Tuesday, October 21, 2008


Turmeric or haldi has been used in my family for many purposes besides culinary. I am sure it must be true for most of the homes in India. I was introduced to turmeric powder (haldi) during my own childhood when my mother and grandmother prevailed upon us to take it for frequent bouts of cough during winter season. We took it in powder form with hot milk just before going to bed. We were also advised to take it when having general aches and pains all over the body after a particularly grueling day in the sports field. The powder of haldi was also sprinkled over open wounds to speed up healing. Now we know that it works as an antiseptic and prevents infection of the open wound. I started taking haldi regularly only a few years ago to overcome my frequent bouts of sinusitis. I think it has benefited me somewhat. It has reduced my frequent use of antibiotics. However, it has not set right my proneness for easy and recurrent rhinitis and sinusitis. Recently I discovered that Bikash, a very close friend and famous neurosurgeon in the US, also takes haldi on regular basis. Bikash and Dottie were visiting us in England, and after dinner Chitra asked them if they would like to have a drink. She suggested if they wanted to flatter me, they should take ‘haldi-milk’. Surprise, surprise; Bikash had been using haldi regularly for some time in the same way as I took, though he took it in cold milk.
So, when recently I was asked about the scientific validity of haldi powder, I rushed to where else, but Prof Google and Tutor Wikipedia, and collected the following information.

Medicinal properties of Haldi (Turmeric, Curcumin) as gleaned from the net:

In Ayurvedic medicine, turmeric is thought to have many medicinal properties and many in India use it as a readily available antiseptic for cuts, burns and bruises. Practitioners of Ayurvedic medicine say it has fluoride which is thought to be essential for teeth. It is also used as an antibacterial agent. It is taken in some Asian countries as a dietary supplement, which allegedly helps with stomach problems and other ailments. It is popular as tea in Okinawa, Japan. It is currently being investigated for possible benefits in Alzheimer's disease, cancer and liver disorders.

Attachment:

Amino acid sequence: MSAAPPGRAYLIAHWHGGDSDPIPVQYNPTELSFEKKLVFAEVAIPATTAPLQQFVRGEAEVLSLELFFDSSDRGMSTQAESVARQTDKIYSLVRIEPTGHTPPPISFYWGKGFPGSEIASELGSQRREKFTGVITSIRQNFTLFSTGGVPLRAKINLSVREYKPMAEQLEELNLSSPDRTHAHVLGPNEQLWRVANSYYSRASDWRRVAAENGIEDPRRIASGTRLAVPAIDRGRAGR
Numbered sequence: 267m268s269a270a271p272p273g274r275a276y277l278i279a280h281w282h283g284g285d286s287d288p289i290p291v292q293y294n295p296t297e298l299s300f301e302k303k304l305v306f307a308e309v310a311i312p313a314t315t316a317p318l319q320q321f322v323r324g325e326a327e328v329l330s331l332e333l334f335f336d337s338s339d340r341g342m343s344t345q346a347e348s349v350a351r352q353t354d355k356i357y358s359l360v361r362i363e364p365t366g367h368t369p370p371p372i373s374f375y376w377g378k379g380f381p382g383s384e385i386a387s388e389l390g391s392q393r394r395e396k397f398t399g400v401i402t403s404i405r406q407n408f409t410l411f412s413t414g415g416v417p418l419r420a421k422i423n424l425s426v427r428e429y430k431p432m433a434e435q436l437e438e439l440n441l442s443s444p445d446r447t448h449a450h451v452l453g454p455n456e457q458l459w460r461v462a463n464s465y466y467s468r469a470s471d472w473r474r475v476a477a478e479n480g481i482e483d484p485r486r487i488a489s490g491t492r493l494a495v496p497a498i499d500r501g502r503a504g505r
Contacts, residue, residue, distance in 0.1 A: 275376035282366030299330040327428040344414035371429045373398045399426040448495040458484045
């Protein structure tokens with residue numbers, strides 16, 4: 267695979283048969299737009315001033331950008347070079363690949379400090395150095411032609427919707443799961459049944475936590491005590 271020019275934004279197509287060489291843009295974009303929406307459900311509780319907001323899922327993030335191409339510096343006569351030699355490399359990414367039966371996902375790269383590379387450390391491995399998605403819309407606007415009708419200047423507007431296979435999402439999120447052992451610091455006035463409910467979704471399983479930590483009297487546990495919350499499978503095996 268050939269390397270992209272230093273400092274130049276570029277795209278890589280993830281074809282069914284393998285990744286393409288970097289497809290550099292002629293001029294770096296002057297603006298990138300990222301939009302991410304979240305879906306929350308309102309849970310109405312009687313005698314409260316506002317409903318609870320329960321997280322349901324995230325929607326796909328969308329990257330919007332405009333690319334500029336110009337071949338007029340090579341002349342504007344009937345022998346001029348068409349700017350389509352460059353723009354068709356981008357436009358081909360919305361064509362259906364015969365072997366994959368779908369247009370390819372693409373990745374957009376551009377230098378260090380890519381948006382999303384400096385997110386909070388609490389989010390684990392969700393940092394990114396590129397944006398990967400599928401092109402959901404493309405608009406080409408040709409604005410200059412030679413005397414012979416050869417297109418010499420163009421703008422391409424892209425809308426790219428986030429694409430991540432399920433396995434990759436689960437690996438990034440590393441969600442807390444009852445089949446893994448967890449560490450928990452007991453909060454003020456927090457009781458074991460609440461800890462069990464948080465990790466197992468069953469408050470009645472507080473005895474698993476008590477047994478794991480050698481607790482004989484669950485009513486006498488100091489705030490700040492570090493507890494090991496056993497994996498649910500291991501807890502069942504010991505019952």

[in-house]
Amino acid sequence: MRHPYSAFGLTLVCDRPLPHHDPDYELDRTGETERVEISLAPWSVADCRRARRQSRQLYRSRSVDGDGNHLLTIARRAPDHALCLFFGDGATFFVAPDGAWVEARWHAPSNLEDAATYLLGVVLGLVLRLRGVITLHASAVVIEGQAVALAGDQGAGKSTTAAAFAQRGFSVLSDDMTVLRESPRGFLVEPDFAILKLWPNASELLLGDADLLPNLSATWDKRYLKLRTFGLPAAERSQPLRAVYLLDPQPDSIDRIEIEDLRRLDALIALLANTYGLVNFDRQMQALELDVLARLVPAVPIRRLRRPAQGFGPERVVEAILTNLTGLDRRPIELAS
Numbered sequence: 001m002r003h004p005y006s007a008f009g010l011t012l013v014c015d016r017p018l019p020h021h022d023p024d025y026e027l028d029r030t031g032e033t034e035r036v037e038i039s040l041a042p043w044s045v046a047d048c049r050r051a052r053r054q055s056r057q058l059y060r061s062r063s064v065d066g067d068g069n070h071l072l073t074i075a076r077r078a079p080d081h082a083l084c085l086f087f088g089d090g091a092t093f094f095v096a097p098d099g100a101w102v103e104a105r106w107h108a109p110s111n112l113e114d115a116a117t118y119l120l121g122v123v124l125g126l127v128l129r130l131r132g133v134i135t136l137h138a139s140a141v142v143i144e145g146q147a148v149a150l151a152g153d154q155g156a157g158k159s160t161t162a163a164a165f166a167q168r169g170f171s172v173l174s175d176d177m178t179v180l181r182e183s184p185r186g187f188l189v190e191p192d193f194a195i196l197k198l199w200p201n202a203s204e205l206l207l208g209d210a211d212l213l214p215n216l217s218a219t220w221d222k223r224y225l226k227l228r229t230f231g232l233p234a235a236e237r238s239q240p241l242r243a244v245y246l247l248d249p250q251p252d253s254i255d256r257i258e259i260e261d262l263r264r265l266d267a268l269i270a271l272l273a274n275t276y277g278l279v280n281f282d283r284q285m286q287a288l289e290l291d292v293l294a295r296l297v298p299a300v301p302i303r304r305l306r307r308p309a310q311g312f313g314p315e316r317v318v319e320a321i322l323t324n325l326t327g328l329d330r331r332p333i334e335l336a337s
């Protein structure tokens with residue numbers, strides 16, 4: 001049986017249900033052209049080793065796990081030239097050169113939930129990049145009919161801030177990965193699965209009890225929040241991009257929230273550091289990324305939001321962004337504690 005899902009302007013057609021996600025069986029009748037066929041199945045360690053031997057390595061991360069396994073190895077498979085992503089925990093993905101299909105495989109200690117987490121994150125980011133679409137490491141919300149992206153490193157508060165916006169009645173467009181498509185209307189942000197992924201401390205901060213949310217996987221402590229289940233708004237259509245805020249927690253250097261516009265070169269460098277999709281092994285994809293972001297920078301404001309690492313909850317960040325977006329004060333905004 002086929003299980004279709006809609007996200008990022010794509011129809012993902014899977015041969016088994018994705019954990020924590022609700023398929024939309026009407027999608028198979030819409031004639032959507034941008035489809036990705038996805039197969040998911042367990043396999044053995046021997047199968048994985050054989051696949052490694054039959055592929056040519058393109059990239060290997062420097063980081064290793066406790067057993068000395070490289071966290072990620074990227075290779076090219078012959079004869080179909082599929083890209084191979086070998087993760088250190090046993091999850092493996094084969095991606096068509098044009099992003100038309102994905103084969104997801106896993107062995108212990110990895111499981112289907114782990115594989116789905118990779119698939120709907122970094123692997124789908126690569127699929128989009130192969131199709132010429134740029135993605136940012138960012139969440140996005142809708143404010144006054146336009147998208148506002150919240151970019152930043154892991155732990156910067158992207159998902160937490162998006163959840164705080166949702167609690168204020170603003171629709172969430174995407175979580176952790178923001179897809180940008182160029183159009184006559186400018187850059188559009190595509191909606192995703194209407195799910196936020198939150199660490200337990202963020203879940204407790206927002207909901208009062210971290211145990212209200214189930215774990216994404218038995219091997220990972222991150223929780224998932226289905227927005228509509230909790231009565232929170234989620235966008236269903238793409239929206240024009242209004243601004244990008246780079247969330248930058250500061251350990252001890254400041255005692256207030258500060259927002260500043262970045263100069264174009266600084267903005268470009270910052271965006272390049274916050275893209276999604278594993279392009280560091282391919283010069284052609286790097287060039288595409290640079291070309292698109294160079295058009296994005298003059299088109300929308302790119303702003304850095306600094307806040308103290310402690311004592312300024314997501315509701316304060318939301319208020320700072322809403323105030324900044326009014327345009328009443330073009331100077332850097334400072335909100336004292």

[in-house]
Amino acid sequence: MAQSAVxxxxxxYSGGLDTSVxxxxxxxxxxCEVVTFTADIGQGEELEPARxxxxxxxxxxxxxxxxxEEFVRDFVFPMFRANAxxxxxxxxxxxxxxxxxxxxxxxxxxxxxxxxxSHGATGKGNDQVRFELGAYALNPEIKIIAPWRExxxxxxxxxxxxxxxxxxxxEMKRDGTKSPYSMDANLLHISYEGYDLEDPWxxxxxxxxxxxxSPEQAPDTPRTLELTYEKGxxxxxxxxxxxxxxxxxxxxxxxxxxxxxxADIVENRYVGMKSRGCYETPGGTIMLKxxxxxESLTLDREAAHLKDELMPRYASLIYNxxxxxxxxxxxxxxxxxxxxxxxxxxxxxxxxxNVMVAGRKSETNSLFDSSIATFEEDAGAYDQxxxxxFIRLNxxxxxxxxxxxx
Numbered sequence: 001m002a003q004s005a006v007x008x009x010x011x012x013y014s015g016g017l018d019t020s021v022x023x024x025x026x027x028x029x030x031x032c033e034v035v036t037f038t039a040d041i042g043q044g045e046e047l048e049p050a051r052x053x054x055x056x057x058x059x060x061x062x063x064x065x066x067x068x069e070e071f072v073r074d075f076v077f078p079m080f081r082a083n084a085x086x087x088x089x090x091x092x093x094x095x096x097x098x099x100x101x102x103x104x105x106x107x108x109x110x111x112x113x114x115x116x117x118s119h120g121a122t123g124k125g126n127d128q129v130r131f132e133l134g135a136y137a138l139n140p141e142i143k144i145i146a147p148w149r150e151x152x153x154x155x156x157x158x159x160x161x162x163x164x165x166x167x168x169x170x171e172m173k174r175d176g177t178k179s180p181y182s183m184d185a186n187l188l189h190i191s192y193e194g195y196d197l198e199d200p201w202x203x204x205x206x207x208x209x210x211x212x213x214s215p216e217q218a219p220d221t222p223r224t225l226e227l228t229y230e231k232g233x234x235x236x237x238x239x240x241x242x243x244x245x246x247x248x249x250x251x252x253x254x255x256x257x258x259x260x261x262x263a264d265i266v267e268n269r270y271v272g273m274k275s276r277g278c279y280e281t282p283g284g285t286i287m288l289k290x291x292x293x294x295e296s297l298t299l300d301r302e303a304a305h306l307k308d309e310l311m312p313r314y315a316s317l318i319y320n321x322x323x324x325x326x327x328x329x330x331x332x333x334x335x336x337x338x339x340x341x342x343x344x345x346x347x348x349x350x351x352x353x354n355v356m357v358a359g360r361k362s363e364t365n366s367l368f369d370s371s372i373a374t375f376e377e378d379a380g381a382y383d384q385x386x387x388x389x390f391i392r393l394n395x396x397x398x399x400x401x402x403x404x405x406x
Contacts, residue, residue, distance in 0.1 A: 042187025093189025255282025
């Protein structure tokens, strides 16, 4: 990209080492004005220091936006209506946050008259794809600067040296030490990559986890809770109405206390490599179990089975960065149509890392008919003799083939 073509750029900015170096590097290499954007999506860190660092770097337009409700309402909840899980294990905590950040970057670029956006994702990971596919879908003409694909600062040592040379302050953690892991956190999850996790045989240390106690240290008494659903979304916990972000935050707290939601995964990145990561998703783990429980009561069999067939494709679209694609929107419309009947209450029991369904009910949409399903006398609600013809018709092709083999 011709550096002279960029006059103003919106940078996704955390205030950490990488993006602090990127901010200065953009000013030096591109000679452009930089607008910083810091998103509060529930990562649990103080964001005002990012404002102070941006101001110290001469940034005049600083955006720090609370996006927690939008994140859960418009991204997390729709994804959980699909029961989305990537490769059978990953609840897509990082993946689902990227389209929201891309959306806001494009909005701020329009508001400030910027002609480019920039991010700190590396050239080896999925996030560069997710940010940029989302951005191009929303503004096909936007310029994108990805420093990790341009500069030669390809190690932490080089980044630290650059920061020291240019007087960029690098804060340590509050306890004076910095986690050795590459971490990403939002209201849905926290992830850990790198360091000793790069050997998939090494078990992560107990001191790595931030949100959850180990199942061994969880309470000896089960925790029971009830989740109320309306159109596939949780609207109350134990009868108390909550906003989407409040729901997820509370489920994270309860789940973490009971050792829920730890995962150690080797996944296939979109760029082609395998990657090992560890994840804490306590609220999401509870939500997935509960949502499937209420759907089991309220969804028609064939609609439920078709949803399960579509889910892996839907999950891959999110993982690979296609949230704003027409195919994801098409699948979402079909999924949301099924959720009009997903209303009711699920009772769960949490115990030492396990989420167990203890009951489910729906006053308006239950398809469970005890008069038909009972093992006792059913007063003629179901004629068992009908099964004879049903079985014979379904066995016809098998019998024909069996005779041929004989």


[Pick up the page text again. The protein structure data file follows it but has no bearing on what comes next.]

It is only in recent years that Western scientists have increasingly recognized the medicinal properties of turmeric. According to a 2005 article in the Wall Street Journal titled, "Common Indian Spice Stirs Hope," research activity into curcumin, the active ingredient in turmeric, is exploding. Two hundred and fifty-six curcumin papers were published in the past year according to a search of the U.S. National Library of Medicine. Supplement sales have increased 35% since 2004, and the U.S. National Institutes of Health has four clinical trials underway to study curcumin treatment for pancreatic cancer, multiple myeloma, Alzheimer's, and colorectal cancer.
A 2004 UCLA-Veterans Affairs study involving genetically altered mice suggests that curcumin, the active ingredient in turmeric, might inhibit the accumulation of destructive beta amyloids in the brains of Alzheimer's disease patients and also breaks up existing plaques. "Curcumin has been used for thousands of years as a safe anti-inflammatory in a variety of ailments as part of Indian traditional medicine," Gregory Cole, Professor of medicine and neurology at the David Geffen School of Medicine at UCLA said. Another 2004 study conducted at Yale University involved oral administration of curcumin to mice to study its benefit in cystic fibrosis. Anti-tumoral effects against melanoma cells have been demonstrated. A recent study involving mice has shown that turmeric slows the spread of breast cancer into lungs and other body parts. Turmeric also enhances the effect of anti-cancer drugs in reducing metastasis of breast cancer.
Curcumin is thought to be a powerful pain-relieving agent. In the November 2006 issue of Arthritis & Rheumatism, a study was published that showed the effectiveness of turmeric in the reduction of joint inflammation, and recommended clinical trials as a possible treatment for the alleviation of arthritis symptoms. It is thought to work as a natural inhibitor of the cox-2 enzyme, and has been shown effective in animal models for neuropathic pain secondary to diabetes, among others. Presenting their findings at the Endocrine Society's annual meeting in San Francisco in June 2008, researchers discovered that turmeric-treated mice were less susceptible to developing type 2 diabetes, based on their blood glucose levels, and glucose and insulin tolerance tests. They also discovered that turmeric-fed obese mice showed significantly reduced inflammation in fat tissue and liver compared to controls.
Welcome to Haldi Club!

Saturday, October 11, 2008


Fire is a major risk in Antarctica with grave consequences. When we, the members of 27th Indian Antarctic Expedition, were being trained and briefed at Auli, our team leader, Mr Arun Chaturvedi, veteran of many Antarctic expeditions, had very explicitly told us the risk of fire in Antarctica due to closed spaces, wooden structures, high wind, dry air and plenty of oxygen.